In a time of struggle

February 18, 2003

WHAT WOULD we have thought a week ago if told that we were facing an assault on the East Coast that would affect the lives of tens of millions of Americans, shut down airports and most major highways, cause President Bush to scramble out of Camp David by car, prompt Gov. Robert L. Ehrlich Jr. to declare a Maryland-wide state of emergency and call out the National Guard, leave tired and frustrated travelers with no means of escape other than jam-packed trains, and generally throw Washington and other major cities into a code-red lockdown mode?

If it had been terrorists accomplishing this, people would be screaming for revenge.

As it is, though, about the only sound in most neighborhoods is that of kids screaming with delight. (OK, mixed in with that you might be hearing the screech of a few back-sore shovelers, but they'll get over it.)

The snow came and there was no escaping it. Be honest -- did you have a single phone conversation yesterday that didn't have the word "snow" in it? If you went outside, you had to deal with it. If you didn't go outside, it was probably because of it.

A heavy snow invariably summons up several trustworthy cliches. The quiet. Awe at nature's power. Getting to know neighbors. Stepping back from the daily grind. The thing is, cliches only become cliches because they have staying power. They may be familiar and unoriginal -- but they're true. Don't discount them. It was quiet and it was awesome, and it sure put a kink into our ordinary, isolated lives.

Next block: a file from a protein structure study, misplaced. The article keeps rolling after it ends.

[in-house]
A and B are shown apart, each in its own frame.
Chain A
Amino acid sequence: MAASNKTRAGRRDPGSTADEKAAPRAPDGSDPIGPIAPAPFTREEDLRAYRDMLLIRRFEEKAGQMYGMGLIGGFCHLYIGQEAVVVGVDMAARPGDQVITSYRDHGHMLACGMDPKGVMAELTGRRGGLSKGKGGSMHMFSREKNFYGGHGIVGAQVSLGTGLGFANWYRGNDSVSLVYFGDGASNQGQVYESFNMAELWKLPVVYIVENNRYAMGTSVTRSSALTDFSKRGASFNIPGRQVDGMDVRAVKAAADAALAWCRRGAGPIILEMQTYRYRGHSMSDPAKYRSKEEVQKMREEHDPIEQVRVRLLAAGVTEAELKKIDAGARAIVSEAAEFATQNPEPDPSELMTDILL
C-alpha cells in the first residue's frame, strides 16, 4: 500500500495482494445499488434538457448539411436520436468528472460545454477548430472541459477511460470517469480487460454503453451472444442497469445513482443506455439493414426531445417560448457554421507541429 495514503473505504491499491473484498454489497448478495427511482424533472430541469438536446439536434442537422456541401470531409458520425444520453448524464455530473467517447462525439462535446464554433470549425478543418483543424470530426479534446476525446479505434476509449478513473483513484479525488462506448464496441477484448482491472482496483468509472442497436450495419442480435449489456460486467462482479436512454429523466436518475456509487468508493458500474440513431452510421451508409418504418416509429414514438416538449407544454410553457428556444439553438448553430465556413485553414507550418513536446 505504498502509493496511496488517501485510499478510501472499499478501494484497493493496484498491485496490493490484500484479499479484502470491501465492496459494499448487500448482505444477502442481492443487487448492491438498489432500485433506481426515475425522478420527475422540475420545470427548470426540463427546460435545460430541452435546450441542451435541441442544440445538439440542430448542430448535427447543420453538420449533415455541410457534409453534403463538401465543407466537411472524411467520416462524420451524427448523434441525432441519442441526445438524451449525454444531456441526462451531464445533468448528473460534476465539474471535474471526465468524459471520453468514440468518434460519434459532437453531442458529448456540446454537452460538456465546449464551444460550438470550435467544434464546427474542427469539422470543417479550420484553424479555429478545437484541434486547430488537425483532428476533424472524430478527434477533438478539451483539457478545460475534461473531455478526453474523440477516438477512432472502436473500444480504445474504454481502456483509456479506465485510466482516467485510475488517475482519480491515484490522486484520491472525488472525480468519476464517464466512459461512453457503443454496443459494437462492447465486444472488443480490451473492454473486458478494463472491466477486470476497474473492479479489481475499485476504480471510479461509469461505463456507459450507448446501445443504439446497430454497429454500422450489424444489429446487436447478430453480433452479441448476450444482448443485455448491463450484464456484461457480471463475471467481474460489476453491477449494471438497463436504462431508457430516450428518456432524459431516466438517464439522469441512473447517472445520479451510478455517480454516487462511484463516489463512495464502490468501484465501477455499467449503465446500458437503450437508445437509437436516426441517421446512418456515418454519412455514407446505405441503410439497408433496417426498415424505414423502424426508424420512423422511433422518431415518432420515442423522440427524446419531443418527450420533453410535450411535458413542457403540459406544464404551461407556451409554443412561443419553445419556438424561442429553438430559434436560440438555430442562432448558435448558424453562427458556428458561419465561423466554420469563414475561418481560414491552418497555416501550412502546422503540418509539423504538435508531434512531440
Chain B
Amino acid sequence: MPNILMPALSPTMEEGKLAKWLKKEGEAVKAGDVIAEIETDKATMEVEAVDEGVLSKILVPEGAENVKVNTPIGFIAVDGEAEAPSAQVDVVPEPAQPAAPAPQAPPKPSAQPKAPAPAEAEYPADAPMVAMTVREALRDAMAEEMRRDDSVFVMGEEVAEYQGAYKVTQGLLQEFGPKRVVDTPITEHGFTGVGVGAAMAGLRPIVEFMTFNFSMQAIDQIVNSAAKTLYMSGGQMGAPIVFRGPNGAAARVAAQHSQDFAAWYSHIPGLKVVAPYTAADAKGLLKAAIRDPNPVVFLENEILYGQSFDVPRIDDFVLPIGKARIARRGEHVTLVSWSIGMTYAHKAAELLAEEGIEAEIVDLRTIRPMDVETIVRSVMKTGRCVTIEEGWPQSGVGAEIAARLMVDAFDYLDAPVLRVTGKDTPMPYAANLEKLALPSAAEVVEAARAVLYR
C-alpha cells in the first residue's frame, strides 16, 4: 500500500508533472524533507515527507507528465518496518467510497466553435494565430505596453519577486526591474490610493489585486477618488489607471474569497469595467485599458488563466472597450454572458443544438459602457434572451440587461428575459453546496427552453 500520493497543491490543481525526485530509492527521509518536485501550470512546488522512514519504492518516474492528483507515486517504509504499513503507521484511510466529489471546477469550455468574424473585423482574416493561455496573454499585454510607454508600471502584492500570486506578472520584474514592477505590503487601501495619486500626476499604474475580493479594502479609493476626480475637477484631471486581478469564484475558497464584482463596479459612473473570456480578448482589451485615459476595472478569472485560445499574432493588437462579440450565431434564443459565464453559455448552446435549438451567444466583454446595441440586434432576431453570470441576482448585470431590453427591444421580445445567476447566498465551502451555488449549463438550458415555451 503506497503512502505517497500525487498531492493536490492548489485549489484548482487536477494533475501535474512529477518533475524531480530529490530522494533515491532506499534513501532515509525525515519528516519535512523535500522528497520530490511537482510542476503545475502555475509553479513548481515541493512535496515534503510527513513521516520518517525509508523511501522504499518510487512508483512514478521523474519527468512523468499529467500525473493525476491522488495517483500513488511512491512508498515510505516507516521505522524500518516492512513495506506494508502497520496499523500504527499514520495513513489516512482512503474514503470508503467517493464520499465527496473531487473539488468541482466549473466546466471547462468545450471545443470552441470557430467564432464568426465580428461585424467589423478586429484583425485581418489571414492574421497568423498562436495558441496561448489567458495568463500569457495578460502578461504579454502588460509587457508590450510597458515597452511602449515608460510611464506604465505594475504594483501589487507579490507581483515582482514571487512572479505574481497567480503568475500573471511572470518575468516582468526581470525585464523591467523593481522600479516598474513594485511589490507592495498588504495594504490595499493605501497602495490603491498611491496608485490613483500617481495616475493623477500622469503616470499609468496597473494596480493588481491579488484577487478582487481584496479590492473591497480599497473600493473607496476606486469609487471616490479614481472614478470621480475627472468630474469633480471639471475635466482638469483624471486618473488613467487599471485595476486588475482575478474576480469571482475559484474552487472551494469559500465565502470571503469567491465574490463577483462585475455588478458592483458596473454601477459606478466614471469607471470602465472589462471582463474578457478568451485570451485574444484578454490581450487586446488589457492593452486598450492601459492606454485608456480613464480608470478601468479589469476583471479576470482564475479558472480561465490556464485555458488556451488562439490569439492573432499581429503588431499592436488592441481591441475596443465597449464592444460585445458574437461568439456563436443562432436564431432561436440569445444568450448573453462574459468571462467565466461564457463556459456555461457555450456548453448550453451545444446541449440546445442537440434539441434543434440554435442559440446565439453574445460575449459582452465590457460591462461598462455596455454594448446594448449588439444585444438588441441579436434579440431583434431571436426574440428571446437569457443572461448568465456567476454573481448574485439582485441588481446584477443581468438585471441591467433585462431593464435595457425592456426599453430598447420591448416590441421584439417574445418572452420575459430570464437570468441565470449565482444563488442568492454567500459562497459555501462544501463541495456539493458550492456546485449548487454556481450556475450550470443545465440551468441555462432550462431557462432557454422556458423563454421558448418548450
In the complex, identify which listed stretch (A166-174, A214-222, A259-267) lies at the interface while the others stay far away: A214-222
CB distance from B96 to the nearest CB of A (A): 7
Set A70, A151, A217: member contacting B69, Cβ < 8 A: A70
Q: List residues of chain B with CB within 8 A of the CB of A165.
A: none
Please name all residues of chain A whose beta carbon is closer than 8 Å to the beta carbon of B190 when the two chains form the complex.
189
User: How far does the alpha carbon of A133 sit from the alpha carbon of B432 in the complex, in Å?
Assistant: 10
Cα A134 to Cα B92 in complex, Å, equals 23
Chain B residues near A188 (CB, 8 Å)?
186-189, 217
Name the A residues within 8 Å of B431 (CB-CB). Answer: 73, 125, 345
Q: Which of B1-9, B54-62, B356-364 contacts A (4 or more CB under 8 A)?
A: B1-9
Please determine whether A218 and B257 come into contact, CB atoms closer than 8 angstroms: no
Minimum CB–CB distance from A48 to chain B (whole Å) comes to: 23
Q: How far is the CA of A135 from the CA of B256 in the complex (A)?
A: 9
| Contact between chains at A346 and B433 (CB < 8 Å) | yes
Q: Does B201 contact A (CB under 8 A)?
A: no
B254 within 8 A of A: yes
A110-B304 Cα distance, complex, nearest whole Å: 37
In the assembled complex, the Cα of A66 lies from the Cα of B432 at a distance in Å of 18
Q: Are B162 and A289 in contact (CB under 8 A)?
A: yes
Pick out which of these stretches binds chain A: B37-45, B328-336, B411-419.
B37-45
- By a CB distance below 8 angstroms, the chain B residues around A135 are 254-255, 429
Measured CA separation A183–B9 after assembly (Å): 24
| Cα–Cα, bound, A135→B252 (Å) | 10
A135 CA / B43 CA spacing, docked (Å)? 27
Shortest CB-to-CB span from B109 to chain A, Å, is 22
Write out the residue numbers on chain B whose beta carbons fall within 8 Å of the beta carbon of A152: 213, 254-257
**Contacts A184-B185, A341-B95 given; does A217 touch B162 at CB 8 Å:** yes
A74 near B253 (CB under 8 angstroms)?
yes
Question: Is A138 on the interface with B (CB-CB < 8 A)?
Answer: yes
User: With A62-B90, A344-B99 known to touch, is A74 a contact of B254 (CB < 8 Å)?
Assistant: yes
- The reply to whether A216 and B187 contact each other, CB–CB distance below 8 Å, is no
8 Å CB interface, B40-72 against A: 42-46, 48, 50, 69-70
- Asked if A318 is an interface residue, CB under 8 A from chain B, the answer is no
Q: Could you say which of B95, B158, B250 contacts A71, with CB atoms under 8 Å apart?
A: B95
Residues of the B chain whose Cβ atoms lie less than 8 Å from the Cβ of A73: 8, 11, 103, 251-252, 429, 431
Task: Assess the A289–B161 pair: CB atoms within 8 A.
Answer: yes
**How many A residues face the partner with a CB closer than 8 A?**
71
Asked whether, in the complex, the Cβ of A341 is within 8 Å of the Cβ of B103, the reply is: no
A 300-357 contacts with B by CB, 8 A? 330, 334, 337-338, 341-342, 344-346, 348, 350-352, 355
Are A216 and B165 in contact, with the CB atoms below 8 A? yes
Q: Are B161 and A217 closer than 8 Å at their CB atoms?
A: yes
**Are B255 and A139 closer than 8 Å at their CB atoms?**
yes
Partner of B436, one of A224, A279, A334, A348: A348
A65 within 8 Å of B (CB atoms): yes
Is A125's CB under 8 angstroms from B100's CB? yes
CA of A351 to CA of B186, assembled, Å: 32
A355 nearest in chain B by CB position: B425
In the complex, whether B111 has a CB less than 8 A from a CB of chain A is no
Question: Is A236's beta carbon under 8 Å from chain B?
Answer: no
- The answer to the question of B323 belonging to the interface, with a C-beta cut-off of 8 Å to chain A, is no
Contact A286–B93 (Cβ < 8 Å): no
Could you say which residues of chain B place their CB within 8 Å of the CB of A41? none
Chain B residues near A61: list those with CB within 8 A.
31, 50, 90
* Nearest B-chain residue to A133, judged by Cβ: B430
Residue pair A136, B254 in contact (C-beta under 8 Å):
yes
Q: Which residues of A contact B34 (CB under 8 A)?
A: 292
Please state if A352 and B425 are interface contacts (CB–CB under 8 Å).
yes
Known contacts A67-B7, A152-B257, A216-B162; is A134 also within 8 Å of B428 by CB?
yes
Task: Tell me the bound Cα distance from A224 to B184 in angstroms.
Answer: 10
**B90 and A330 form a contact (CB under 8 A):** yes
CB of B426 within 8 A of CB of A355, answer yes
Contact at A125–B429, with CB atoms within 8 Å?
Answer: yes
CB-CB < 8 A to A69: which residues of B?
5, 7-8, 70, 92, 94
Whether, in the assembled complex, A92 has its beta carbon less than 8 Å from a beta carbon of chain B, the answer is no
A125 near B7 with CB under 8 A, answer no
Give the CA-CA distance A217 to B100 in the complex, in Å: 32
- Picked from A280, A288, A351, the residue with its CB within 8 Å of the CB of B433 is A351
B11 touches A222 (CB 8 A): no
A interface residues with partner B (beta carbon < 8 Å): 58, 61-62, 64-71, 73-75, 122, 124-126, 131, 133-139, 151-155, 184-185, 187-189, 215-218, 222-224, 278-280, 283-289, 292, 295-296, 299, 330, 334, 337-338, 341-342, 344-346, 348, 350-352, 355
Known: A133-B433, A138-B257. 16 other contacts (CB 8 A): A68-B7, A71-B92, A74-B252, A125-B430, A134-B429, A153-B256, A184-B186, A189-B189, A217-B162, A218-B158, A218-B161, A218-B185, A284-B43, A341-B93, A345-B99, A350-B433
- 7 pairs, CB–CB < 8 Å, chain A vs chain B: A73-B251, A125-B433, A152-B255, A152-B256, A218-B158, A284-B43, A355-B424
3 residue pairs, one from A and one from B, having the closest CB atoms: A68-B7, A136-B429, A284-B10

Billions of flakes in motion: Even as they flowed downward they created a larger stillness, one in which there was no room, finally, for all the thoughts of war and death that have been so much with us.

A big storm brings out the best in a lot of people and the worst in a few. No need to dwell on the latter -- let's pause instead to praise those exhausted road crews who were out all weekend, battling an overwhelming foe. Let's praise the doctors and nurses who got to work. And let's praise the generous men and women with four-wheel-drives who shuttled them and others back and forth. SUV's have come in for a lot of criticism recently, but days like these give them a chance to show what they're made of.

And of course all is not sweet and pretty in the snow. People are hurt -- people die. The collapse of the roof on the 1884 B&O Railroad roundhouse at Mount Clare was a dismaying shock. Exhaustion and cold take a relentless toll.

And look out the window -- it's still with us, everywhere.

Long after the kids get tired of sledding, there'll still be melting snow finding its way through leaks in the roof and damming up into shin-chilling puddles where storm drains have gone out of action.

But before we get there, this is what we want to remember: The snow was a given. It didn't matter what we thought of it. We were irrelevant to it. It was an act of power and range and beauty that was far beyond us -- and it was a privilege to be here for the record Storm of '03.

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